Blacks voted at a higher rate this year than other minority groups and for the first time in history may also have voted at a higher rate than whites, according to a Pew Research Center analysis of census data, election day exit poll data and vote totals from selected cities and counties. Unlike other [...]
The median wealth of white households is 20 times that of black households and 18 times that of Hispanic households, according to a Pew Research Center analysis of newly available government data from 2009.
As a group, African Americans attracted relatively little attention in the U.S. mainstream news media during the first year of Barack Obama’s presidency — and what coverage there was tended to focus more on specific episodes than on examining how broader issues and trends affected the lives of blacks generally.
The topic of racial identification on census forms has a long, fascinating history, which has generated fresh debate as the 2010 Census begins.
Assessments about the state of black progress in America have improved more dramatically among blacks during the past two years than at any time in the past quarter century.
It may surprise anyone who has been following the charges of racism that have flared up during the debate over President Obama’s health care proposals, but the American public doesn’t see race as the source of the strongest social conflict in the country today.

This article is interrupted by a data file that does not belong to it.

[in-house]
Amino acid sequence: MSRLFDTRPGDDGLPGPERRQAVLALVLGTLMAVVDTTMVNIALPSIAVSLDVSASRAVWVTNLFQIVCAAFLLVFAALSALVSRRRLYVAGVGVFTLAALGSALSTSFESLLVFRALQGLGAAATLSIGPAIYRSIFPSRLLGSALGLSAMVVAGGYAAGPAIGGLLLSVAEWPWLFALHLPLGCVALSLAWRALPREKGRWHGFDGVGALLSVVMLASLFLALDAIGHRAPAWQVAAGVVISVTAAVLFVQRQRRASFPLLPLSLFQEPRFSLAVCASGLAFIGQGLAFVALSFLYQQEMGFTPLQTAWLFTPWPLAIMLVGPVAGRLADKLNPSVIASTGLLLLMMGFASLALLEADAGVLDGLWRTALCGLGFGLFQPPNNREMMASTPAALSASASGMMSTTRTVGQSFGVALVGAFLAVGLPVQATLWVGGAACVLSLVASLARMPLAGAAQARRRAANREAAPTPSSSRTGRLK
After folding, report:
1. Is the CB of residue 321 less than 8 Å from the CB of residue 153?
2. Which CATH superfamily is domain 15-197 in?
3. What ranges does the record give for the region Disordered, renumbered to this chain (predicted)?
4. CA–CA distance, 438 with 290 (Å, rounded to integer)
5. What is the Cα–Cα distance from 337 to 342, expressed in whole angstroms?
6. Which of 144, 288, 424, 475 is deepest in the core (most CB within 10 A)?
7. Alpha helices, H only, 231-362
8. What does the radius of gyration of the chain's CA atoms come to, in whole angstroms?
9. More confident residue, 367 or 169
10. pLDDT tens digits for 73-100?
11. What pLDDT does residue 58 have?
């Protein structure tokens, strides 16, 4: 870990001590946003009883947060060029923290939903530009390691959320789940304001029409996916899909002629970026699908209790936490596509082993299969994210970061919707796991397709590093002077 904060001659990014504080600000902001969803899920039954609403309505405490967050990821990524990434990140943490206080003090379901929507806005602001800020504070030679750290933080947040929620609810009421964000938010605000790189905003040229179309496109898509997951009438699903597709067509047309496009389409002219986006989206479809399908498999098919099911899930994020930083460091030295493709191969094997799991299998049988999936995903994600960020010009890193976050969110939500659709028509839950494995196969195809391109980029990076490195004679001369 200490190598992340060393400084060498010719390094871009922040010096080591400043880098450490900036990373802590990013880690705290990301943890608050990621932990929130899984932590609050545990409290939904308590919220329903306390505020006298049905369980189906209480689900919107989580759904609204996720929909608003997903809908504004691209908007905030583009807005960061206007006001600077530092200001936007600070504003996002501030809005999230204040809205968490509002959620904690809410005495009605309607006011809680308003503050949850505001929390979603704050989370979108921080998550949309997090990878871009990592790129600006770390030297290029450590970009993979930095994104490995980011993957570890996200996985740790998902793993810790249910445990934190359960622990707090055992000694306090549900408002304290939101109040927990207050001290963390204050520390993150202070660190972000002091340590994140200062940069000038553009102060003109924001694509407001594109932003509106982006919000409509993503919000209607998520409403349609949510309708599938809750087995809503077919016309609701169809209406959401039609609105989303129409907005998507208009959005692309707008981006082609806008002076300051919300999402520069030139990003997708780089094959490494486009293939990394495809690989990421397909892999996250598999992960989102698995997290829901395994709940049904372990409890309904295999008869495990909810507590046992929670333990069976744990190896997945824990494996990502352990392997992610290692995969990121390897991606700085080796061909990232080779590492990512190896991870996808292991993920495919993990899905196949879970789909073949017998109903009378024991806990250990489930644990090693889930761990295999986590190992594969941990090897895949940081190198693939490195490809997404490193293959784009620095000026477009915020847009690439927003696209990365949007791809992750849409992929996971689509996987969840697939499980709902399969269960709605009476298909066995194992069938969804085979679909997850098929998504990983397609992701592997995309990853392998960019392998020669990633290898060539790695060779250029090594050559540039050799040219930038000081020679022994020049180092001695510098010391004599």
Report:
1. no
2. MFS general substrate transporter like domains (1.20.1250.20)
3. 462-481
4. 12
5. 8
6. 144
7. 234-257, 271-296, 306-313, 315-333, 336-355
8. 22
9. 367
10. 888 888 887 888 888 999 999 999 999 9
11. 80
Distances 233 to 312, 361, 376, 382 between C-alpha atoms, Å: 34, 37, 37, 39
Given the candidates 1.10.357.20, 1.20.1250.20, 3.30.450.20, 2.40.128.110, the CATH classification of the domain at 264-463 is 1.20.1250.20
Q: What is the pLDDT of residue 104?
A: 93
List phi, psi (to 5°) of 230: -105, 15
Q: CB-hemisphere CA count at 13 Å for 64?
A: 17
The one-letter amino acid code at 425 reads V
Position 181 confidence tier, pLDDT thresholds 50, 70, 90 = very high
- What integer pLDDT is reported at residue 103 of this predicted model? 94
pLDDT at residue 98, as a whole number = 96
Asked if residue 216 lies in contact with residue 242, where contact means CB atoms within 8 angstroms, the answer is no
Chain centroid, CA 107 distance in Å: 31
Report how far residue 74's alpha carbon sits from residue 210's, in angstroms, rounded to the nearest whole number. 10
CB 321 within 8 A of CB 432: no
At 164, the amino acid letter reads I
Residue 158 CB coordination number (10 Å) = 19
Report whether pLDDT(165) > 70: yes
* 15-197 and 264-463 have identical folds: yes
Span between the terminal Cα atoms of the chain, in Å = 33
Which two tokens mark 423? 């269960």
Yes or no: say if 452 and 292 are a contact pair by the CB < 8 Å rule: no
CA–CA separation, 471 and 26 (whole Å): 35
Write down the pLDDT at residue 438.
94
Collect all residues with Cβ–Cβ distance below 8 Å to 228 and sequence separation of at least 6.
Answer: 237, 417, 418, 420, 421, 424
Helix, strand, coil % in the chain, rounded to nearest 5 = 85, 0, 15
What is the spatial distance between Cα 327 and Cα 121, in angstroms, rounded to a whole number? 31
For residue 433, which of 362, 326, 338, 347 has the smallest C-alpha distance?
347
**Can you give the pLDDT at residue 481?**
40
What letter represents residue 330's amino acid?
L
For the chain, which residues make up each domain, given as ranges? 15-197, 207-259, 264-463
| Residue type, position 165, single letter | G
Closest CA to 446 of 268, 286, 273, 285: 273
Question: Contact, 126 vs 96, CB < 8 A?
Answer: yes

While blacks and Hispanics hold broadly favorable views of each other, Hispanics are less likely to say the two groups get along well. At the same time, African Americans are far more likely than Latinos to say blacks are frequently the victims of racial discrimination.
Race, ethnicity and politics can sometimes make for a volatile mix, as the presidential field of 2008 has begun to discover. But in the world beyond politics, race relations in this country are on a pretty even keel.
African Americans see a widening gulf between the values of middle class and poor blacks, and nearly four-in-ten say that because of the diversity within their community, blacks can no longer be thought of as a single race.